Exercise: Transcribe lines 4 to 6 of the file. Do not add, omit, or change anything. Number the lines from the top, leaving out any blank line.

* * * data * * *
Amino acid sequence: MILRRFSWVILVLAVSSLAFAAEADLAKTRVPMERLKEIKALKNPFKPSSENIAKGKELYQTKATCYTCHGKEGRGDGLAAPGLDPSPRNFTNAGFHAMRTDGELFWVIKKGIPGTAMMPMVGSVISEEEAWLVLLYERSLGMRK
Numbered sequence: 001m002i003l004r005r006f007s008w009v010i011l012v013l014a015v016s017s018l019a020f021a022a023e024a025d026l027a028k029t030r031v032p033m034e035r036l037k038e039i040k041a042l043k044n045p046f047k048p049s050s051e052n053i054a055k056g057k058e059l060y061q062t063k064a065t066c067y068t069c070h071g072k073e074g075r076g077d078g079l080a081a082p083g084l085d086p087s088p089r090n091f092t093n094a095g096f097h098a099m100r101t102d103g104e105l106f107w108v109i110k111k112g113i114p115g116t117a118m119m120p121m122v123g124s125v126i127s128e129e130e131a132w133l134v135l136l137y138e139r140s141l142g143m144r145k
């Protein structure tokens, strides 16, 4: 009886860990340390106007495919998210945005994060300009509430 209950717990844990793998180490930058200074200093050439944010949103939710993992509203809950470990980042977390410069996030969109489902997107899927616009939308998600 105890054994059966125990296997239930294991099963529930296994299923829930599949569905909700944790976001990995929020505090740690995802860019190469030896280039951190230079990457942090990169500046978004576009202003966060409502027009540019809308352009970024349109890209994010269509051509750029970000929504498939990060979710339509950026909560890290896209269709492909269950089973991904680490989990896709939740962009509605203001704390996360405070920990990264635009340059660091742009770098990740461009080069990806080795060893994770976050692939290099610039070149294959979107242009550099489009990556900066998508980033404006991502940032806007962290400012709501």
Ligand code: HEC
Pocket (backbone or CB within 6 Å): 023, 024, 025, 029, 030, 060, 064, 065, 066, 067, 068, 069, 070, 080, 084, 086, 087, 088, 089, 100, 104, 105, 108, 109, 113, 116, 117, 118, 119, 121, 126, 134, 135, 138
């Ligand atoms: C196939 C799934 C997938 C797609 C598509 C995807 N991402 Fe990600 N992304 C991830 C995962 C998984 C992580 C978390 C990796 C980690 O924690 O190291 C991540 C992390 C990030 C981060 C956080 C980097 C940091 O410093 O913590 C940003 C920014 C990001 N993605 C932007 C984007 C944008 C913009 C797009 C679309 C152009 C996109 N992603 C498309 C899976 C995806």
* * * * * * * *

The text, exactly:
Ligand code: HEC
Pocket (backbone or CB within 6 Å): 023, 024, 025, 029, 030, 060, 064, 065, 066, 067, 068, 069, 070, 080, 084, 086, 087, 088, 089, 100, 104, 105, 108, 109, 113, 116, 117, 118, 119, 121, 126, 134, 135, 138
């Ligand atoms: C196939 C799934 C997938 C797609 C598509 C995807 N991402 Fe990600 N992304 C991830 C995962 C998984 C992580 C978390 C990796 C980690 O924690 O190291 C991540 C992390 C990030 C981060 C956080 C980097 C940091 O410093 O913590 C940003 C920014 C990001 N993605 C932007 C984007 C944008 C913009 C797009 C679309 C152009 C996109 N992603 C498309 C899976 C995806």